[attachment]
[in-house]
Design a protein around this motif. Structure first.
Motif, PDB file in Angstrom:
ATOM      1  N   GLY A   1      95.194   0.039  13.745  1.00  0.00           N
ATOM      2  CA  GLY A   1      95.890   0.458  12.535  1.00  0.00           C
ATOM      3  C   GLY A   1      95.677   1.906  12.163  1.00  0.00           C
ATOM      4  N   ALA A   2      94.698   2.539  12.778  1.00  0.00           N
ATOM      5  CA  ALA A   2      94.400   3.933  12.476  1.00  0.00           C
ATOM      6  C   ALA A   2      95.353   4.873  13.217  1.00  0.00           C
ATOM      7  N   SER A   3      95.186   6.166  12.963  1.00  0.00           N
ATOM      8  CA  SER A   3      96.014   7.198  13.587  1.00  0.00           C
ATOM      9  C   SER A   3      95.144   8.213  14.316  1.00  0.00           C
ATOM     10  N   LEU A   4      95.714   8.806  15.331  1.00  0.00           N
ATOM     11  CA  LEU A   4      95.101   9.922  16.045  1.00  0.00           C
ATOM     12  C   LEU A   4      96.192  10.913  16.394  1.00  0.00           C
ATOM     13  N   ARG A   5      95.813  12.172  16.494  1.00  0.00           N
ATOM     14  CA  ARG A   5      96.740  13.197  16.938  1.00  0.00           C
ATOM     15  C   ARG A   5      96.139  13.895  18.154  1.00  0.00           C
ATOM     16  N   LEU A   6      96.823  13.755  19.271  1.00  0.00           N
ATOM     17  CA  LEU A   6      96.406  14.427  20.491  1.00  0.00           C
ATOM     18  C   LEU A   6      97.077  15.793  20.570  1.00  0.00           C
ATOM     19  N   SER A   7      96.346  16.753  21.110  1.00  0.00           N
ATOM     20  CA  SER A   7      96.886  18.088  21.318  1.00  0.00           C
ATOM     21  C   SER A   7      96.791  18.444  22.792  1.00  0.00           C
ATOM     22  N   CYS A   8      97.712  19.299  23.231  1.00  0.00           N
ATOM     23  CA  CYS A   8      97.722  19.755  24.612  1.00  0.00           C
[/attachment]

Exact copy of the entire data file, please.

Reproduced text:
[in-house]
Design a protein around this motif. Structure first.
Motif, PDB file in Angstrom:
ATOM      1  N   GLY A   1      95.194   0.039  13.745  1.00  0.00           N
ATOM      2  CA  GLY A   1      95.890   0.458  12.535  1.00  0.00           C
ATOM      3  C   GLY A   1      95.677   1.906  12.163  1.00  0.00           C
ATOM      4  N   ALA A   2      94.698   2.539  12.778  1.00  0.00           N
ATOM      5  CA  ALA A   2      94.400   3.933  12.476  1.00  0.00           C
ATOM      6  C   ALA A   2      95.353   4.873  13.217  1.00  0.00           C
ATOM      7  N   SER A   3      95.186   6.166  12.963  1.00  0.00           N
ATOM      8  CA  SER A   3      96.014   7.198  13.587  1.00  0.00           C
ATOM      9  C   SER A   3      95.144   8.213  14.316  1.00  0.00           C
ATOM     10  N   LEU A   4      95.714   8.806  15.331  1.00  0.00           N
ATOM     11  CA  LEU A   4      95.101   9.922  16.045  1.00  0.00           C
ATOM     12  C   LEU A   4      96.192  10.913  16.394  1.00  0.00           C
ATOM     13  N   ARG A   5      95.813  12.172  16.494  1.00  0.00           N
ATOM     14  CA  ARG A   5      96.740  13.197  16.938  1.00  0.00           C
ATOM     15  C   ARG A   5      96.139  13.895  18.154  1.00  0.00           C
ATOM     16  N   LEU A   6      96.823  13.755  19.271  1.00  0.00           N
ATOM     17  CA  LEU A   6      96.406  14.427  20.491  1.00  0.00           C
ATOM     18  C   LEU A   6      97.077  15.793  20.570  1.00  0.00           C
ATOM     19  N   SER A   7      96.346  16.753  21.110  1.00  0.00           N
ATOM     20  CA  SER A   7      96.886  18.088  21.318  1.00  0.00           C
ATOM     21  C   SER A   7      96.791  18.444  22.792  1.00  0.00           C
ATOM     22  N   CYS A   8      97.712  19.299  23.231  1.00  0.00           N
ATOM     23  CA  CYS A   8      97.722  19.755  24.612  1.00  0.00           C